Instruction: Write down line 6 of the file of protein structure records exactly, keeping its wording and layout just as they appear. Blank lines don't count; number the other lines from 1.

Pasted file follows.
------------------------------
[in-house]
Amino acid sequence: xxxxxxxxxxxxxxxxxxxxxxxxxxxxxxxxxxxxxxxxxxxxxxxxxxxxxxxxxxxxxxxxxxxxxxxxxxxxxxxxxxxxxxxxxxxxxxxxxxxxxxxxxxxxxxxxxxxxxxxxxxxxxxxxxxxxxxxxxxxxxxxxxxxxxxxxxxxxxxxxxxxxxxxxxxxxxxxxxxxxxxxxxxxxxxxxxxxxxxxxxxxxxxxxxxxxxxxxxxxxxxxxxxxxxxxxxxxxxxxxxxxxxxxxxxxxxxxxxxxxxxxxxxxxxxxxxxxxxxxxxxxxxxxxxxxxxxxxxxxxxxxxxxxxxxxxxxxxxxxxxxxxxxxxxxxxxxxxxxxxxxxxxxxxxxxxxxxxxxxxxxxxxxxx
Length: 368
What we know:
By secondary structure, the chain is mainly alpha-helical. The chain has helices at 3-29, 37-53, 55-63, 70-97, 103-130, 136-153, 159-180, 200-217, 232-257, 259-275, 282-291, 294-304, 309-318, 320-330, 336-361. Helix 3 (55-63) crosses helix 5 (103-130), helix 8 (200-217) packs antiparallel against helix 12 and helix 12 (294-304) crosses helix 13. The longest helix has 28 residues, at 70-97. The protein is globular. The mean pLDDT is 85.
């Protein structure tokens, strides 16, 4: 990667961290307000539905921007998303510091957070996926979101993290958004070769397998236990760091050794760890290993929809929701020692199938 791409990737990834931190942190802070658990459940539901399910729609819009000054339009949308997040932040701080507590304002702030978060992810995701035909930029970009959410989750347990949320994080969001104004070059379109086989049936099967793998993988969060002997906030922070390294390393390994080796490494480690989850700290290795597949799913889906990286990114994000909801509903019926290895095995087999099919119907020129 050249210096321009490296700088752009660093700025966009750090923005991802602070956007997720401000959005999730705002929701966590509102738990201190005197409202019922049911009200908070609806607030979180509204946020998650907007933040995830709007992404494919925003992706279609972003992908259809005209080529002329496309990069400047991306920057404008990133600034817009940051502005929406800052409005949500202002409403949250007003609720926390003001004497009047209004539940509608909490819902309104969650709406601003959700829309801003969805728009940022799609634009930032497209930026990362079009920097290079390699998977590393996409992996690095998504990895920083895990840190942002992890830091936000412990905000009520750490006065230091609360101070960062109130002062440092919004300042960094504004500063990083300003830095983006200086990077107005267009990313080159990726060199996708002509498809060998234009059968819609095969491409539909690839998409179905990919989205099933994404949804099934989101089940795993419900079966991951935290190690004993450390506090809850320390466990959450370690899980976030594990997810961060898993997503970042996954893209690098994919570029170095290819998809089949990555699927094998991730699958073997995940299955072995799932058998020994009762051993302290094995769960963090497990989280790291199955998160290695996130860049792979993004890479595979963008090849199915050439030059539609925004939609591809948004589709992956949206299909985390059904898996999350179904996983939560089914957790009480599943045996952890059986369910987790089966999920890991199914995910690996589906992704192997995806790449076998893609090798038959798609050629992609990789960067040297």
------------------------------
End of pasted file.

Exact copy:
């Protein structure tokens, strides 16, 4: 990667961290307000539905921007998303510091957070996926979101993290958004070769397998236990760091050794760890290993929809929701020692199938 791409990737990834931190942190802070658990459940539901399910729609819009000054339009949308997040932040701080507590304002702030978060992810995701035909930029970009959410989750347990949320994080969001104004070059379109086989049936099967793998993988969060002997906030922070390294390393390994080796490494480690989850700290290795597949799913889906990286990114994000909801509903019926290895095995087999099919119907020129 050249210096321009490296700088752009660093700025966009750090923005991802602070956007997720401000959005999730705002929701966590509102738990201190005197409202019922049911009200908070609806607030979180509204946020998650907007933040995830709007992404494919925003992706279609972003992908259809005209080529002329496309990069400047991306920057404008990133600034817009940051502005929406800052409005949500202002409403949250007003609720926390003001004497009047209004539940509608909490819902309104969650709406601003959700829309801003969805728009940022799609634009930032497209930026990362079009920097290079390699998977590393996409992996690095998504990895920083895990840190942002992890830091936000412990905000009520750490006065230091609360101070960062109130002062440092919004300042960094504004500063990083300003830095983006200086990077107005267009990313080159990726060199996708002509498809060998234009059968819609095969491409539909690839998409179905990919989205099933994404949804099934989101089940795993419900079966991951935290190690004993450390506090809850320390466990959450370690899980976030594990997810961060898993997503970042996954893209690098994919570029170095290819998809089949990555699927094998991730699958073997995940299955072995799932058998020994009762051993302290094995769960963090497990989280790291199955998160290695996130860049792979993004890479595979963008090849199915050439030059539609925004939609591809948004589709992956949206299909985390059904898996999350179904996983939560089914957790009480599943045996952890059986369910987790089966999920890991199914995910690996589906992704192997995806790449076998893609090798038959798609050629992609990789960067040297």